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Alternatives to expensive guided hunts

By By BEN NORMAN
Outdoors Columnist
If you look in the back of the national outdoor magazines you will find more ads than you can read posted by western guides ready to take you on a hunt of a lifetime. Some of them are legitimate but expensive, some of them are rip-offs and expensive. The only way to know the difference is to talk to someone who has hunted with them. There is no doubt that a hunt with a reputable guide that knows his area and game habits can be an experience of a lifetime. But it will cost money, probably several thousand dollars.
But there is an alternative to expensive guided hunts for elk and mule deer-a do it yourself hunt. While it's true your success rate won't be as high on the average, you still have a fair chance of seeing and bagging game if you do your homework. One of the first things to do is to organize a party of 2 to 4 to share expenses. The next thing is to decide where you are going and get topo maps of the Forest Service or Bureau of Land Management land you will be hunting on. Contact the local game warden or biologist in the area. You will be surprised how few do this and how productive it can be.
Once you are there, take a day to ride around and talk to the locals. Many of the farmers and ranchers or their employees can offer excellent tips on where they have seen elk or deer. Don't overlook the rural mailcariers and road workers, as they know where elk and deer are crossing roads.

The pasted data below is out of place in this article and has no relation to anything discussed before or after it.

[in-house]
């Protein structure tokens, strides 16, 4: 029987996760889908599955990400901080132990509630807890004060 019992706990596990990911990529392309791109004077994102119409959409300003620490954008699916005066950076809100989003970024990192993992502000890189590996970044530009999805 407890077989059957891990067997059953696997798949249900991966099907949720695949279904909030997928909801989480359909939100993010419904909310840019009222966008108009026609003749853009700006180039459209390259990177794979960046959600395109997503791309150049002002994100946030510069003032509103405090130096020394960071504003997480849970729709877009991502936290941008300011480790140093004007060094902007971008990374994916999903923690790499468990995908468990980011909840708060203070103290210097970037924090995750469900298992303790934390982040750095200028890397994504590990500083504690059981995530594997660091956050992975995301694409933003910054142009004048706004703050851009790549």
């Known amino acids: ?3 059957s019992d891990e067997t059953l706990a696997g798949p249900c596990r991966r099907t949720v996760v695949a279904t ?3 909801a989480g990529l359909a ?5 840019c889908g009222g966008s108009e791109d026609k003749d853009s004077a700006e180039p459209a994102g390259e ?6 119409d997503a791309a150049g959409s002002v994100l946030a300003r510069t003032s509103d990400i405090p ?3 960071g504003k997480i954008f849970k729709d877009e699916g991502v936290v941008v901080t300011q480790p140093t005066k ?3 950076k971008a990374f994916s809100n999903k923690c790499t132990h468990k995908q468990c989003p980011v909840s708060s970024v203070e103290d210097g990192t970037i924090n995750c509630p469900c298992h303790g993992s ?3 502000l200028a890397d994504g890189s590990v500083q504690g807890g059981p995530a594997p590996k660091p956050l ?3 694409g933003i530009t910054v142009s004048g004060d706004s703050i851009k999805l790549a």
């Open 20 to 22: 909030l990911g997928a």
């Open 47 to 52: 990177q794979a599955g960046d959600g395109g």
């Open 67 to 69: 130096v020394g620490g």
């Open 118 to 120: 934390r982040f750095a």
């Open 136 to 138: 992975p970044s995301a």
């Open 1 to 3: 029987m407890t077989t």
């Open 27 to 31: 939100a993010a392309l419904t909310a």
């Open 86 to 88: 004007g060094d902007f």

One of the most important decisions regards lodging. Motels are often within a 45-minute drive of good hunting, but this can waste valuable hunting time and add to expenses. Eating out can be as expensive as the lodging bill. Camping is an excellent way to save money and enjoy the wide-open spaces. You will need the basic camping gear, including a sleeping bag rated down to around 0 degrees F or better. Large dome tents will do but a 12 X 14 canvas wall tent will hold heat better and has more room. Some source of heat is a must, be it a propane or wood heater.
Becoming thoroughly familiar with a topo map of the area you are hunting can pay big dividends both in finding likely game routes and insuring you can get back to camp. Weather can turn nasty fast in the Rockies. A portable radio should be checked often to avoid getting trapped in a fast moving blizzard. Your backpack survival gear should include at least a space blanket, freeze dried meals, matches, fire starter, string, folding saw, flashlight and compass.
A do it yourself hunt can be successful, but your success and comfort depends on good planning and carrying the proper equipment, especially if it is a camping hunt.